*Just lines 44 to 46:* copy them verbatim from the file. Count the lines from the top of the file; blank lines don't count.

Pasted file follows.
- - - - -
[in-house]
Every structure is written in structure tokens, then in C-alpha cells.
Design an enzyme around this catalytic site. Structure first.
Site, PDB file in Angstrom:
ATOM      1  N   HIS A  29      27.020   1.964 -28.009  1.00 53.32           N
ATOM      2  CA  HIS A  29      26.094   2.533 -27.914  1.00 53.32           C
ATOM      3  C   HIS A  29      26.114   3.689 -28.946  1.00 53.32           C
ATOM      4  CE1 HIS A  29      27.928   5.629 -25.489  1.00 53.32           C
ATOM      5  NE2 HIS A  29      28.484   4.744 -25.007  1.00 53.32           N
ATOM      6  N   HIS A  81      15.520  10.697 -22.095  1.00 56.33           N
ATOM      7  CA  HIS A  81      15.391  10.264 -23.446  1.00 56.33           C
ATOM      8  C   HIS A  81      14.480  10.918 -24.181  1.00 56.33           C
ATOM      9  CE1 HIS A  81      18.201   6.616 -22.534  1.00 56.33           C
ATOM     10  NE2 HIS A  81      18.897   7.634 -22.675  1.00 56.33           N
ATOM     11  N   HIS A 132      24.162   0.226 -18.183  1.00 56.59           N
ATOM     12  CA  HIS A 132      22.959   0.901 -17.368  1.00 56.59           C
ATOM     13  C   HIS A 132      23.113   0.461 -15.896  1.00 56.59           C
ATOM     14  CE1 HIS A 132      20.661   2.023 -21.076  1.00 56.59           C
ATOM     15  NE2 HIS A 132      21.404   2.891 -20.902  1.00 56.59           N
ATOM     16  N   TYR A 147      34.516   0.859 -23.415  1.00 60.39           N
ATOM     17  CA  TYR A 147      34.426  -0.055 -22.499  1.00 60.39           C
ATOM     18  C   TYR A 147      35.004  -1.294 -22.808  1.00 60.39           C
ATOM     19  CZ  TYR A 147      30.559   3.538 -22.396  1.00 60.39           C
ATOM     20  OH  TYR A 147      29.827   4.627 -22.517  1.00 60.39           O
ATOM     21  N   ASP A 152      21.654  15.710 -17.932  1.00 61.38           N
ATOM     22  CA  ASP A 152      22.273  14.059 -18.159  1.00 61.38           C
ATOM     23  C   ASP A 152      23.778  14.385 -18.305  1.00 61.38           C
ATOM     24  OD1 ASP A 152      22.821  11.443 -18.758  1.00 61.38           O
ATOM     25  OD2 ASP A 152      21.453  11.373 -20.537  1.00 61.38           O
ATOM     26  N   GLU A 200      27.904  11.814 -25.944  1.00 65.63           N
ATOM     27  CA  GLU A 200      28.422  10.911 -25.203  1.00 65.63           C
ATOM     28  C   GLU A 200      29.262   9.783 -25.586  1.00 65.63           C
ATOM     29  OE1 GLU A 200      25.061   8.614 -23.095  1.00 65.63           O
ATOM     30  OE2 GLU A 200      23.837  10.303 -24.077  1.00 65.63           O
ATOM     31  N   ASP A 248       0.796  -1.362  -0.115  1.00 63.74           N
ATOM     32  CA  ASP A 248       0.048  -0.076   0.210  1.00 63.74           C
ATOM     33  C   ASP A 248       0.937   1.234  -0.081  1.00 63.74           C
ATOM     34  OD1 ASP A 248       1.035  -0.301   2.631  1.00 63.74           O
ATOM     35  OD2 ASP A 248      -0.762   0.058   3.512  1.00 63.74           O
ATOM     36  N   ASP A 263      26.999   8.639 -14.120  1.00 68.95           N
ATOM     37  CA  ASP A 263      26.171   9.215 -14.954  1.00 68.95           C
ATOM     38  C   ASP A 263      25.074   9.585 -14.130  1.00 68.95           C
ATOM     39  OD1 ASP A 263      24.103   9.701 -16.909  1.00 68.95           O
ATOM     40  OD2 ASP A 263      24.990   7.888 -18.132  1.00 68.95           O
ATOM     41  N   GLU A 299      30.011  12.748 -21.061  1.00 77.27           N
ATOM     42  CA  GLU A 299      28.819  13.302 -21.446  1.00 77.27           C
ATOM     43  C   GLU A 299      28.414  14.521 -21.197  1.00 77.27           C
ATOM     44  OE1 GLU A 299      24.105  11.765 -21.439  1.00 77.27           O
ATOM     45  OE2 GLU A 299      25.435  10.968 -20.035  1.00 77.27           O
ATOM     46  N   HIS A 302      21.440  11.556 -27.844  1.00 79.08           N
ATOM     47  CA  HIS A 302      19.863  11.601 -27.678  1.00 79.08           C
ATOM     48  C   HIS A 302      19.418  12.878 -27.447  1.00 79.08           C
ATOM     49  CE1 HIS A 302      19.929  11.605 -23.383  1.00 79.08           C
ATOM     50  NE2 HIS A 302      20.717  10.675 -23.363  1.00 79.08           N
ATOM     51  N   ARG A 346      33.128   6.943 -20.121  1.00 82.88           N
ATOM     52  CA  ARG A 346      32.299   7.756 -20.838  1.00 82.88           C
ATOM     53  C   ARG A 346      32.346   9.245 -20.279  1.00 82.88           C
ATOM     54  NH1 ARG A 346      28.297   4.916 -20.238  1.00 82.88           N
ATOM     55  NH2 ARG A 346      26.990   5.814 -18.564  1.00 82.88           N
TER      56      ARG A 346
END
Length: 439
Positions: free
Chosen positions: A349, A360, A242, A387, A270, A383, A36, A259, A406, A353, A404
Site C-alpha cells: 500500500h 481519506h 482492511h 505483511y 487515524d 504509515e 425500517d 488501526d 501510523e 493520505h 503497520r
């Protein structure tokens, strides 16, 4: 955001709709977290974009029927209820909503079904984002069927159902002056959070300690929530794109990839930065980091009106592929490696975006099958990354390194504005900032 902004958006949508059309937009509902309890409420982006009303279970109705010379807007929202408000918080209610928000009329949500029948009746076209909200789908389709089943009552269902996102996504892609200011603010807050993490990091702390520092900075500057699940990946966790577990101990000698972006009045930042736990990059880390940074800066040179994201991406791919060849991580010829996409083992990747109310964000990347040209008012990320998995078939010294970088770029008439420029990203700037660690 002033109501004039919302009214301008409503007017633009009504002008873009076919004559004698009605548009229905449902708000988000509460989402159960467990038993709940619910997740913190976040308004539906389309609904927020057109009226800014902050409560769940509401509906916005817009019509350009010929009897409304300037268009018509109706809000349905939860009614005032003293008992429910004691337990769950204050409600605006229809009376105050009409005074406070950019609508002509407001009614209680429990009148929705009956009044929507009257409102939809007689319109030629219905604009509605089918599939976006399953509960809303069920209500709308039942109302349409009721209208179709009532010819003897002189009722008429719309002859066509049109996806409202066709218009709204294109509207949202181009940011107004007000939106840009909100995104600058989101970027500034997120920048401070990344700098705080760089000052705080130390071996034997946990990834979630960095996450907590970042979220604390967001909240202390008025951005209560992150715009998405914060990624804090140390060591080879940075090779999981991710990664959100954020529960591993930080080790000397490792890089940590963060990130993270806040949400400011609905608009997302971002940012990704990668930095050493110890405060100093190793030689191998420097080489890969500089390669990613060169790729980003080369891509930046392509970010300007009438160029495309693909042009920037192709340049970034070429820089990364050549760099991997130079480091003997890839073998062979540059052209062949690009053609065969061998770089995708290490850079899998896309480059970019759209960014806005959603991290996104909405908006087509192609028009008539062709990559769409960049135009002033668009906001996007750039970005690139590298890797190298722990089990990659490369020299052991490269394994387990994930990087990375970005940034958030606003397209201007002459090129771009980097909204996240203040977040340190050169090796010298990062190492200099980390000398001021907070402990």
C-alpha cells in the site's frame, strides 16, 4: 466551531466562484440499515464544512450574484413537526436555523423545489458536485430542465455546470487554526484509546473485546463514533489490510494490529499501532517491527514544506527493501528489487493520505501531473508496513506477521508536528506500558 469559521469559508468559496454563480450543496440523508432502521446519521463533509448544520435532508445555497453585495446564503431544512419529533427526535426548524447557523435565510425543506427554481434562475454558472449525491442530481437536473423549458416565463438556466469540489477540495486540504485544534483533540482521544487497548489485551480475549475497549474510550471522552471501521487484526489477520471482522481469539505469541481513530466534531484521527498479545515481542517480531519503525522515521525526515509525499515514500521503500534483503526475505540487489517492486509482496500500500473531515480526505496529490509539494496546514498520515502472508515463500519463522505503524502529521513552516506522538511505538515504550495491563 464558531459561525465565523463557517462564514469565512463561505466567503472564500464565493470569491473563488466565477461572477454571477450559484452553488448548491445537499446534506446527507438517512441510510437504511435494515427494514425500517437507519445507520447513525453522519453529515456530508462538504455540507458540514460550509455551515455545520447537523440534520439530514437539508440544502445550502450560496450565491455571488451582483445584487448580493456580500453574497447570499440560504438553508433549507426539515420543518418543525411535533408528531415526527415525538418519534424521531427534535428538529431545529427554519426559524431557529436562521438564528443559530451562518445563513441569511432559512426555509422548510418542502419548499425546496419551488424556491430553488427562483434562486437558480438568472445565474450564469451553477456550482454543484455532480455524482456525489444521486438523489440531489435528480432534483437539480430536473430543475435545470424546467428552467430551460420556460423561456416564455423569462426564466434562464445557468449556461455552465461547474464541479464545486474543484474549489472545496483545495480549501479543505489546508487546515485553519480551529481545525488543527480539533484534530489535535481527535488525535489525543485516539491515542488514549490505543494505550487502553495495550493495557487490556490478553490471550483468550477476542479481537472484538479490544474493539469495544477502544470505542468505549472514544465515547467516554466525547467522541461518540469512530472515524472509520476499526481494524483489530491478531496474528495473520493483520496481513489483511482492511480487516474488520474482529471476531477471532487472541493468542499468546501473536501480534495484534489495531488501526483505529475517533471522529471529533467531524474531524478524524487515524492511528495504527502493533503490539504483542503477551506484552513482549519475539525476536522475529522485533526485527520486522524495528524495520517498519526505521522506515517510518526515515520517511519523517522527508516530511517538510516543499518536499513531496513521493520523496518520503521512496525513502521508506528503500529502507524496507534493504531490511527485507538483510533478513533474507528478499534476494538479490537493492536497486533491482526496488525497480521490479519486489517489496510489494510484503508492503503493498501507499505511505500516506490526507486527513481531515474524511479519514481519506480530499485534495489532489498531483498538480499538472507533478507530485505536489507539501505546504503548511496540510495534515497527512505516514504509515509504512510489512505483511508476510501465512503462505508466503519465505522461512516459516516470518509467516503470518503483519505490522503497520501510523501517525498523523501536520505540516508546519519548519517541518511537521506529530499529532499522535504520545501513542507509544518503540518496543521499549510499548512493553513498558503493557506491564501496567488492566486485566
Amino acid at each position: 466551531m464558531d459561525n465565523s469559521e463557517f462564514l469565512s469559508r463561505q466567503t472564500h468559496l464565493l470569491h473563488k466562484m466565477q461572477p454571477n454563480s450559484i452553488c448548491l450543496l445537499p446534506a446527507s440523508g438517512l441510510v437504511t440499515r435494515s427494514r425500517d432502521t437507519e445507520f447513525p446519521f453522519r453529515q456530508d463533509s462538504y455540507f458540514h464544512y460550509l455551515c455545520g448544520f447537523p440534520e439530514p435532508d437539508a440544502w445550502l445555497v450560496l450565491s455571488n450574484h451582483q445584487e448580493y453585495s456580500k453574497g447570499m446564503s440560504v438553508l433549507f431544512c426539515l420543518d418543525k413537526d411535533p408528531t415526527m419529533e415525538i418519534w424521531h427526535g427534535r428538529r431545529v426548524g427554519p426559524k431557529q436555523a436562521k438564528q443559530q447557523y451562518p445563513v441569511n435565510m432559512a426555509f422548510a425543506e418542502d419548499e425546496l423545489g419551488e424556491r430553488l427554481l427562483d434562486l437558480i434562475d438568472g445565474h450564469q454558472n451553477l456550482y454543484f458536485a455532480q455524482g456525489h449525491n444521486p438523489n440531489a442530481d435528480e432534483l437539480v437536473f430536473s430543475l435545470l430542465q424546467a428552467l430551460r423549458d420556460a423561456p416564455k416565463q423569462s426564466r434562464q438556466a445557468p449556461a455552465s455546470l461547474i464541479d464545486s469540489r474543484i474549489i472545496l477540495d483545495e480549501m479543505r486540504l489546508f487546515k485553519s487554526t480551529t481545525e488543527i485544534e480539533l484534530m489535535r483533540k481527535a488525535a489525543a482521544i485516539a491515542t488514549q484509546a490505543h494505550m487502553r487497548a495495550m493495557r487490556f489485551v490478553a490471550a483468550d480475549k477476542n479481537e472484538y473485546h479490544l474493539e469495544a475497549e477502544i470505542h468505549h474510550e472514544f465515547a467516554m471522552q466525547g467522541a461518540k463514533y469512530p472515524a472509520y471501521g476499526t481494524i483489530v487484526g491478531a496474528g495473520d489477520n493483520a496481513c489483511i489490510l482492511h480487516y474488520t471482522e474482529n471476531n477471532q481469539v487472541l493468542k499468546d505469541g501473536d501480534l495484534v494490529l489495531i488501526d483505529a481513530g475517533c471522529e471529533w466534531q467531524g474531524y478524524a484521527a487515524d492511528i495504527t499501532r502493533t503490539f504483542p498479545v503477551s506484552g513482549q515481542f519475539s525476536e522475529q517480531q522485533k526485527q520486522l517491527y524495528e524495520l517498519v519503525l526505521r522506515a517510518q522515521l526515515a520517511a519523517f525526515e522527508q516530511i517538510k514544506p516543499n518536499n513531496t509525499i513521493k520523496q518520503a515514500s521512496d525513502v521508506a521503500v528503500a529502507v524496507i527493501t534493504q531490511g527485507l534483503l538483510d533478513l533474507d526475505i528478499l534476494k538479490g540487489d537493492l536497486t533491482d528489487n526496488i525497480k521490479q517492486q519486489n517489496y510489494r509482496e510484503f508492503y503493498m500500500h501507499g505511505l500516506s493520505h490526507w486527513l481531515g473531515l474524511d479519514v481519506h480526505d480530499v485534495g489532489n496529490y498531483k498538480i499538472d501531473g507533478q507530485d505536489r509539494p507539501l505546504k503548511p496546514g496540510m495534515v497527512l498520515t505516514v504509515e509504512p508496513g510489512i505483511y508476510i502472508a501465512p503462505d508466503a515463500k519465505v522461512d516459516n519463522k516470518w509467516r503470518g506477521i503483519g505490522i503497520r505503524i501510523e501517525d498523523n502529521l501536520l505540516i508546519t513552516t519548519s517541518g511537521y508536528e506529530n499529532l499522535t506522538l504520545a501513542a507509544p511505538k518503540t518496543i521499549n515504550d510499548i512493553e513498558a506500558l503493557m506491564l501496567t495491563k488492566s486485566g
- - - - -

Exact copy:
ATOM     40  OD2 ASP A 263      24.990   7.888 -18.132  1.00 68.95           O
ATOM     41  N   GLU A 299      30.011  12.748 -21.061  1.00 77.27           N
ATOM     42  CA  GLU A 299      28.819  13.302 -21.446  1.00 77.27           C